Title: The Heretic's Daughter
Author: Kathleen Kent
Publisher: Little, Brown and Company; 1 edition (September 3, 2008)
Genre: Fiction, Historical Fiction
Edition: Hardback - Many thanks to the publisher for sending me a copy to review.
Perfect for : Personal reading, great book club read, may be good for a history class discussing the Salem Witch Trials
In a nutshell: An intriguing story of a family severely impacted by both the smallpox and the Salem Witch Trials. The author, Kathleen Kent, is a descendant of the original Carrier family, which adds more reality to the story, as it has been written around actual events. Knowing that a lot of innocent people were hurt throughout the Salem Witch Trials, I had a hard time picking this book up, but once I started reading it, I had trouble putting it down! The book provides an amazing look into late 1600's America, a time when life was hard, where sickness wiped out entire towns, and people were unjustly persecuted. It also provides the perfect setting to understand why our freedom of religion is so important and why some fought so hard for that right.
Extended Review: The first half of the book introduces the family and the time in history to the reader, setting up relationships within the extended family. We also see how awful smallpox is and how quickly it can spread. The second half of the book focuses on the Salem Witch Trials, where in some cases family, friends and neighbors turned against each other, accusing each other of witchcraft.
The story is told by Sarah, the oldest daughter of the Carrier family. Through her eyes, we watch as the dynamics of her family change: as they move to her grandmother's home in order to be safer from Indian raids, they unknowingly bring the smallpox with them. The two girls are snuck out of the home and taken to a nearby relatives home until it is safe for them to return. Once they return, they watch as people are accused of witchcraft, and they are finally impacted when their own mother is accused and the children are taken to the trials to bear witness against their mother.
As I began the book, I was not particularly fond of Martha Carrier, Sarah's mother. To me, she seemed to be a harsh and unloving parent. By the end of the book, I had completely changed my opinion of her. She remained faithful to her beliefs and did not compromise her values in order to save herself. Instead, she does everything in her power to fight the injustices of the witch trials, believing that her innocence will be proven in the end. While she is in prison, she does everything she can to make sure her children are safe.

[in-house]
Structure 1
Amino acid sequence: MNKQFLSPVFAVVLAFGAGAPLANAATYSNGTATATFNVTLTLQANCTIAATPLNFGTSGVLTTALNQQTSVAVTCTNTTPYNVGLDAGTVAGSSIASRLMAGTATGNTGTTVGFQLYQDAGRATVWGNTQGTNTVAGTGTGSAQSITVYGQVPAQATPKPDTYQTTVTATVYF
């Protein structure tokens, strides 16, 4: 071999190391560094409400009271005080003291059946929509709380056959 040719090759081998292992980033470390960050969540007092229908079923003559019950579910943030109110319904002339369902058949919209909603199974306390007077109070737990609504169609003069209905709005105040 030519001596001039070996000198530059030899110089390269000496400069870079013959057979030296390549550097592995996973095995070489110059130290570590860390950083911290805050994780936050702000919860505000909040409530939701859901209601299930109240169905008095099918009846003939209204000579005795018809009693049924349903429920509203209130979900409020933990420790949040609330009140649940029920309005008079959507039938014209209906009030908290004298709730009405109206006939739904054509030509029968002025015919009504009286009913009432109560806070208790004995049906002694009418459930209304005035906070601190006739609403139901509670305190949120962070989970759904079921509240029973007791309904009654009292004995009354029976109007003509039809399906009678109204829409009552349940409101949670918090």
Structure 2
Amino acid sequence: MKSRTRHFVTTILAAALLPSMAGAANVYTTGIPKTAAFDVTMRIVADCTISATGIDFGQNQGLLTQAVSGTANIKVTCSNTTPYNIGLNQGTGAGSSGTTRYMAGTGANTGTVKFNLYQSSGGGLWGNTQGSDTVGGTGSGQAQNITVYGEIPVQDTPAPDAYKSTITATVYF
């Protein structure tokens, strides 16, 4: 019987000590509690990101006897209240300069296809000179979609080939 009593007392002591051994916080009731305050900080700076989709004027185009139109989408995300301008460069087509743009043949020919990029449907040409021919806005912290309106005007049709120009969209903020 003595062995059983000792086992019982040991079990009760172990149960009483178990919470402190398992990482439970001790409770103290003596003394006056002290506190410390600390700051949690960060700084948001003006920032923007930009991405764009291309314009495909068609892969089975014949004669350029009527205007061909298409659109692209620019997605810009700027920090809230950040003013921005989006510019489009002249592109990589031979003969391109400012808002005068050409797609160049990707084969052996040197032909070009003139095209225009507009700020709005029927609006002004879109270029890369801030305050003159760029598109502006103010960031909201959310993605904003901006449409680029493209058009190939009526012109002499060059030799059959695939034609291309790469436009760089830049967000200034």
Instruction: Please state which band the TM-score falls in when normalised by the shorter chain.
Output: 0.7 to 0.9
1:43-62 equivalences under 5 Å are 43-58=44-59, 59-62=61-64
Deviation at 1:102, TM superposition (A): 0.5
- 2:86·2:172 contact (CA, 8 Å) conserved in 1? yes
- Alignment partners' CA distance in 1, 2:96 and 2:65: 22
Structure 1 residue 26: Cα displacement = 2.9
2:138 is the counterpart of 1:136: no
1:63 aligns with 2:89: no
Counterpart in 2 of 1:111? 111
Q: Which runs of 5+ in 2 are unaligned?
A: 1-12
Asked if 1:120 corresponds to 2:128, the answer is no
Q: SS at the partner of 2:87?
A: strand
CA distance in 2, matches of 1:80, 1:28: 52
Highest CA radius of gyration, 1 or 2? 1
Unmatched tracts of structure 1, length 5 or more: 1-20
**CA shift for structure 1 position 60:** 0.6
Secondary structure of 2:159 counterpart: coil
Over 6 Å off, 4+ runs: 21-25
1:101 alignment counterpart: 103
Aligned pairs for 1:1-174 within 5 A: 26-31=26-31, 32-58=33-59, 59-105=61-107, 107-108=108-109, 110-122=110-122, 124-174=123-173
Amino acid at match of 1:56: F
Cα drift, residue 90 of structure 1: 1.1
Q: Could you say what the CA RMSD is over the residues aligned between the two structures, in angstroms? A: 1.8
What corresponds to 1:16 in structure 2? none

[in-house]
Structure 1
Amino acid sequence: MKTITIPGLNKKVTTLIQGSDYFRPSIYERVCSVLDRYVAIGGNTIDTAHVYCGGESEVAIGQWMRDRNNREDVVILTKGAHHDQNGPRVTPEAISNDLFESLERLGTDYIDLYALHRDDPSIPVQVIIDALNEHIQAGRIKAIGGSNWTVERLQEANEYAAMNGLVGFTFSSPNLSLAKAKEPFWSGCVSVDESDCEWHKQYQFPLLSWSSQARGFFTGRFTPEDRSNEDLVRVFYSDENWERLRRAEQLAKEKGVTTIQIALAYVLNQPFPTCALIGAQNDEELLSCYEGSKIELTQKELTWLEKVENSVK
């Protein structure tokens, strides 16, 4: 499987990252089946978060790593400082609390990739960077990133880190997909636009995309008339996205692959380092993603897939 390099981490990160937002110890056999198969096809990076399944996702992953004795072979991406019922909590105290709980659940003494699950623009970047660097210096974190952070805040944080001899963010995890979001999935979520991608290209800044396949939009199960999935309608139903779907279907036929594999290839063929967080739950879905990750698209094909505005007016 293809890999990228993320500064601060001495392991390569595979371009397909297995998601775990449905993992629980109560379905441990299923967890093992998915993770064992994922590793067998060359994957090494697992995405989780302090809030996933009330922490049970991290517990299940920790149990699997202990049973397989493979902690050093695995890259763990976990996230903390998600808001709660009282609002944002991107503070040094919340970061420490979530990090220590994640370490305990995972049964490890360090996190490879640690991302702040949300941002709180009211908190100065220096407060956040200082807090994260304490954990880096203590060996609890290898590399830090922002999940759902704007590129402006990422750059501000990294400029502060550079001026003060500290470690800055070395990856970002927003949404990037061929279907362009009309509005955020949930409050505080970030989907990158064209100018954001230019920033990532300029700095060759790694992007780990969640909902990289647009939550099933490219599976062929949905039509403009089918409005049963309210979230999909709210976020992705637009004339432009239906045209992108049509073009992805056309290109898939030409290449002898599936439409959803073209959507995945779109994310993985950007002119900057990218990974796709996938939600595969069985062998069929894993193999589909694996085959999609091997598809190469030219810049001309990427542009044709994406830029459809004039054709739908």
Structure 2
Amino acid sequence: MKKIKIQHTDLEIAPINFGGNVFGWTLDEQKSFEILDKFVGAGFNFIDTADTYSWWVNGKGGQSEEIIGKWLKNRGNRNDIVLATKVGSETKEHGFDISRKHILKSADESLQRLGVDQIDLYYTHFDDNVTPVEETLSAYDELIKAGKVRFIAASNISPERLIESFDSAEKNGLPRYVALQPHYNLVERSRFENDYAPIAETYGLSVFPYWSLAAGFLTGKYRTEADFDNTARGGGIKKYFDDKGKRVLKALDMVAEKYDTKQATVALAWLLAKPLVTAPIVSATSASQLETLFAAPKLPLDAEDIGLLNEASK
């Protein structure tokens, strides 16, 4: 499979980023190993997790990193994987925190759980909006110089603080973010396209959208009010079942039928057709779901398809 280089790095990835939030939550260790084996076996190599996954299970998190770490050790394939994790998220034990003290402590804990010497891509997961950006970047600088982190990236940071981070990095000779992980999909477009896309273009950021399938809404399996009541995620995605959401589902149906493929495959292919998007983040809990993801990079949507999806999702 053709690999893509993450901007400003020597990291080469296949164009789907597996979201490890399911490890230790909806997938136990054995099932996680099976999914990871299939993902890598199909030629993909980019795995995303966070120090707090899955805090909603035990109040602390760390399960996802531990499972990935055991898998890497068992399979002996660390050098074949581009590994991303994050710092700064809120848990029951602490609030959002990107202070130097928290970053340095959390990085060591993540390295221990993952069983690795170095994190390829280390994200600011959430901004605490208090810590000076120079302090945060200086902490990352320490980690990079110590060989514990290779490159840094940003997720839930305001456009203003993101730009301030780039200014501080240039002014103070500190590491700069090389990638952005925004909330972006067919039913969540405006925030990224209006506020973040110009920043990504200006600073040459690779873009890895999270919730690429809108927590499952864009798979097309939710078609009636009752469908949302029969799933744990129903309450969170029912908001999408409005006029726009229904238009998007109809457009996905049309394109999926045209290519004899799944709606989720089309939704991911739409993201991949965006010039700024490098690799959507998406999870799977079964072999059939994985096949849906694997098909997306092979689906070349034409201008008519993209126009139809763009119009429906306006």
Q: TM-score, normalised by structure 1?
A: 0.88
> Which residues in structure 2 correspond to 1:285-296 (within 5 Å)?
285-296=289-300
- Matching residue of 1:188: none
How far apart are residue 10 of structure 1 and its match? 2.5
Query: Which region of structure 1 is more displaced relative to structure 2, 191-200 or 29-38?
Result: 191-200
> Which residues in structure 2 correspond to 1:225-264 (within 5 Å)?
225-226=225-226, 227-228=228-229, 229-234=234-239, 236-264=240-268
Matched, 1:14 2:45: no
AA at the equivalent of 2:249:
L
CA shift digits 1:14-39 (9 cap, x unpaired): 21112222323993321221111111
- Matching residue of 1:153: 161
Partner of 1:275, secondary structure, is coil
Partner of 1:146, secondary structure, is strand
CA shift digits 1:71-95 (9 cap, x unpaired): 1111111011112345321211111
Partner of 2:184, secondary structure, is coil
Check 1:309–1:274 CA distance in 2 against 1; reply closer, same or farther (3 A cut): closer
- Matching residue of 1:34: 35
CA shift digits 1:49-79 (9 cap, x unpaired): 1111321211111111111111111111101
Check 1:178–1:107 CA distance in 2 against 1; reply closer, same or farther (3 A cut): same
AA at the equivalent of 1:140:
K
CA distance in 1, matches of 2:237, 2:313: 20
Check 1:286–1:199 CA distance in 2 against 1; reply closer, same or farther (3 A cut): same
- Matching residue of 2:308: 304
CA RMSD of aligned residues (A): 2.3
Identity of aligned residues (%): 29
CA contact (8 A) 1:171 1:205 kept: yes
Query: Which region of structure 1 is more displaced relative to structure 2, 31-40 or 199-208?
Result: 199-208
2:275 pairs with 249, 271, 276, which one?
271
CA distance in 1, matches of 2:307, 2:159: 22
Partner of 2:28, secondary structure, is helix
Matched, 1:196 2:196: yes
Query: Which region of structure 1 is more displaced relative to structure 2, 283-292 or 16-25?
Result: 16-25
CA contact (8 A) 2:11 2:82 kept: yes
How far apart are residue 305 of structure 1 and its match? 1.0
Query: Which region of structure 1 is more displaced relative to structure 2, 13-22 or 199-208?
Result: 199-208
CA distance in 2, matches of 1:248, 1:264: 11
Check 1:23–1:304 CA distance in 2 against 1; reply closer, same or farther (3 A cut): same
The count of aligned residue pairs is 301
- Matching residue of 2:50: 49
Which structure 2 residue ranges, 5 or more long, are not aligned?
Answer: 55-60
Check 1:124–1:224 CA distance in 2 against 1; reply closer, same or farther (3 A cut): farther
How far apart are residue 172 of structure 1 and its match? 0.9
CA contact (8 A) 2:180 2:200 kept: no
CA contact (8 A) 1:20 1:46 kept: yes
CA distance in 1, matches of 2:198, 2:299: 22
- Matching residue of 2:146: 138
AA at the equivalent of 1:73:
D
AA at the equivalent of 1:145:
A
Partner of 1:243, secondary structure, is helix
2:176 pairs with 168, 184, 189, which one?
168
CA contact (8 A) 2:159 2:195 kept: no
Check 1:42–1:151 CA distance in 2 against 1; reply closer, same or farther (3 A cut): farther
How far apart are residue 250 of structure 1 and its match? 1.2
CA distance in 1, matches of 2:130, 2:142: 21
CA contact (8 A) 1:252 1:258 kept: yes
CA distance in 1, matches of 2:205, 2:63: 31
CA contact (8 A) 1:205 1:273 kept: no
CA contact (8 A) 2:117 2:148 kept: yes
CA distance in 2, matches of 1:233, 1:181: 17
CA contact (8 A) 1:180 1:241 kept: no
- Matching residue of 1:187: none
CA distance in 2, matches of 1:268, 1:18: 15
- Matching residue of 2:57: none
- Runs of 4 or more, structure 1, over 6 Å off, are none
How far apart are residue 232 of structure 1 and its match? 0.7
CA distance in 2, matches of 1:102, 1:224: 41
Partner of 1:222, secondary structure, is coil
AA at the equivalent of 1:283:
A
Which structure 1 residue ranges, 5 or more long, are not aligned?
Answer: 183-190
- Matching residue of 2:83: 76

Characters: During this time in history, people had to be strong in order to survive. These characters are no exception. Kathleen Kent has woven a powerful story, peeking at Sarah's father's past, her mother's strength-of-character. Each character in the book has a purpose, and each helps to enhance the story being told.
Story-Line: For me, the story was really about the mother-daughter relationship and how it evolved between Sarah and Martha Carrier. While the book relates American history of the late 1600's, shining light on both the smallpox and the Salem Witch Trials, it is really one family's story of where they came from and how they have survived.
Readability: I did not have any problems reading the story, rather I had trouble putting it down.
Overall: This was a very powerful book, made even more amazing by the fact that it is based on actual events that happened within the writer's family in the late 1600's. This book gives the reader a wonderful view of what life was like during that time, and a shocking look into what can happen when people turn against each other out of spite, bitterness and jealousy. I highly recommend this book to anyone interested in historical fiction, early America, and the Salem Witch Trials.
From the Publisher:
Martha Carrier was one of the first women to be accused, tried and hanged as a witch in Salem, Massachusetts. Like her mother, young Sarah Carrier is bright and willful, openly challenging the small, brutal world in which they live. Often at odds with one another, mother and daughter are forced to stand together against the escalating hysteria of the trials and the superstitious tyranny that led to the torture and imprisonment of more than 200 people accused of witchcraft. This is the story of Martha's courageous defiance and ultimate death, as told by the daughter who survived. Kathleen Kent is a tenth generation descendant of Martha Carrier. She paints a haunting portrait, not just of Puritan New England, but also of one family's deep and abiding love in the face of fear and persecution.
The distance by wagon from Billerica to neighboring Andover is but nine miles. For myself it was more than a journey away from the only home I had ever known. It was the ending of a passage from the dark fog of infancy to the sharp remembrances of childhood. I was nine years of age on that December day and my entire family was going back to live with my grandmother in the house where my mother was born. We were six in all, cramped together in an open wagon, carrying within my mother and father, two of my older brothers, myself, and Hannah, who was but a baby. We had with us all of our household possessions. And we were bringing , unbeknownst to any of us, the smallpox.
About the Author: (from the publisher's site)
Kathleen Kent lives in Dallas with her husband and son. THE HERETIC'S DAUGHTER is her first novel.
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